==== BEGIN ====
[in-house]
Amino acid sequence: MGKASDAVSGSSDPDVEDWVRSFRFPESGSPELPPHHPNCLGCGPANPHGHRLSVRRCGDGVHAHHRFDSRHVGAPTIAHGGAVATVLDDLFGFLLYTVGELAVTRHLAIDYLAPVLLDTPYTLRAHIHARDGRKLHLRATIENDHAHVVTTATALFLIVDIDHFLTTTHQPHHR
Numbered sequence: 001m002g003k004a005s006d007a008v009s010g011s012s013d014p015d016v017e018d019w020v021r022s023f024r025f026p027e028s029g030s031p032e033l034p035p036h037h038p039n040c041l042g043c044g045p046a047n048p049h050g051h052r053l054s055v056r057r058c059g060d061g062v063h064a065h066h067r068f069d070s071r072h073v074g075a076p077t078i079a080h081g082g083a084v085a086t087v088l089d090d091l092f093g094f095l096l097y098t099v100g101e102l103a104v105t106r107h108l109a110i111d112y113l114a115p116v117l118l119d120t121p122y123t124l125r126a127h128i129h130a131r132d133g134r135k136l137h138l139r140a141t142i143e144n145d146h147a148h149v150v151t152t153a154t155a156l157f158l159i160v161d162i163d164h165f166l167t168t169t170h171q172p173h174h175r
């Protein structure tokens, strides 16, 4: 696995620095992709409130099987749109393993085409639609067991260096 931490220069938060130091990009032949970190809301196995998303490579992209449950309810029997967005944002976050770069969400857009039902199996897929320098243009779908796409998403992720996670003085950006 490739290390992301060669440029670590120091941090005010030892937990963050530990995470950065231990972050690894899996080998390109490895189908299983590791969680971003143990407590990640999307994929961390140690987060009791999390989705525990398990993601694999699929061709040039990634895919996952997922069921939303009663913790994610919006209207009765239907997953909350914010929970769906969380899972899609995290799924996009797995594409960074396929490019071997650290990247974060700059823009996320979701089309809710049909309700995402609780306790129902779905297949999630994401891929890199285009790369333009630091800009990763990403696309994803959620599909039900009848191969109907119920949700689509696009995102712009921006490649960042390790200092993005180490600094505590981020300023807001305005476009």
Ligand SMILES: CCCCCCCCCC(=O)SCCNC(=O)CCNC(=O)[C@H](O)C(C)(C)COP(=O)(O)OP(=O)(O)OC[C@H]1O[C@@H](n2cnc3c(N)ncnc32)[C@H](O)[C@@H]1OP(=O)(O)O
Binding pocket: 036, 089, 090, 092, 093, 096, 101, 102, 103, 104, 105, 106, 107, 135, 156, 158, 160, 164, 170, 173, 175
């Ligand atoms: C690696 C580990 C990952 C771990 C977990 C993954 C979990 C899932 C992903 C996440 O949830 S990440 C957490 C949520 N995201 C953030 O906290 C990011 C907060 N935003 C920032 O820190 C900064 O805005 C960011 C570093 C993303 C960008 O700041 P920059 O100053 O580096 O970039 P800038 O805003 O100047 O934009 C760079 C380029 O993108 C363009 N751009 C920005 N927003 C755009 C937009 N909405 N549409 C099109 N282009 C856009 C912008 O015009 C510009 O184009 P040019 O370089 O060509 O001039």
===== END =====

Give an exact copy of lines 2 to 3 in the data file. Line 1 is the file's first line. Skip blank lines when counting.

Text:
Amino acid sequence: MGKASDAVSGSSDPDVEDWVRSFRFPESGSPELPPHHPNCLGCGPANPHGHRLSVRRCGDGVHAHHRFDSRHVGAPTIAHGGAVATVLDDLFGFLLYTVGELAVTRHLAIDYLAPVLLDTPYTLRAHIHARDGRKLHLRATIENDHAHVVTTATALFLIVDIDHFLTTTHQPHHR
Numbered sequence: 001m002g003k004a005s006d007a008v009s010g011s012s013d014p015d016v017e018d019w020v021r022s023f024r025f026p027e028s029g030s031p032e033l034p035p036h037h038p039n040c041l042g043c044g045p046a047n048p049h050g051h052r053l054s055v056r057r058c059g060d061g062v063h064a065h066h067r068f069d070s071r072h073v074g075a076p077t078i079a080h081g082g083a084v085a086t087v088l089d090d091l092f093g094f095l096l097y098t099v100g101e102l103a104v105t106r107h108l109a110i111d112y113l114a115p116v117l118l119d120t121p122y123t124l125r126a127h128i129h130a131r132d133g134r135k136l137h138l139r140a141t142i143e144n145d146h147a148h149v150v151t152t153a154t155a156l157f158l159i160v161d162i163d164h165f166l167t168t169t170h171q172p173h174h175r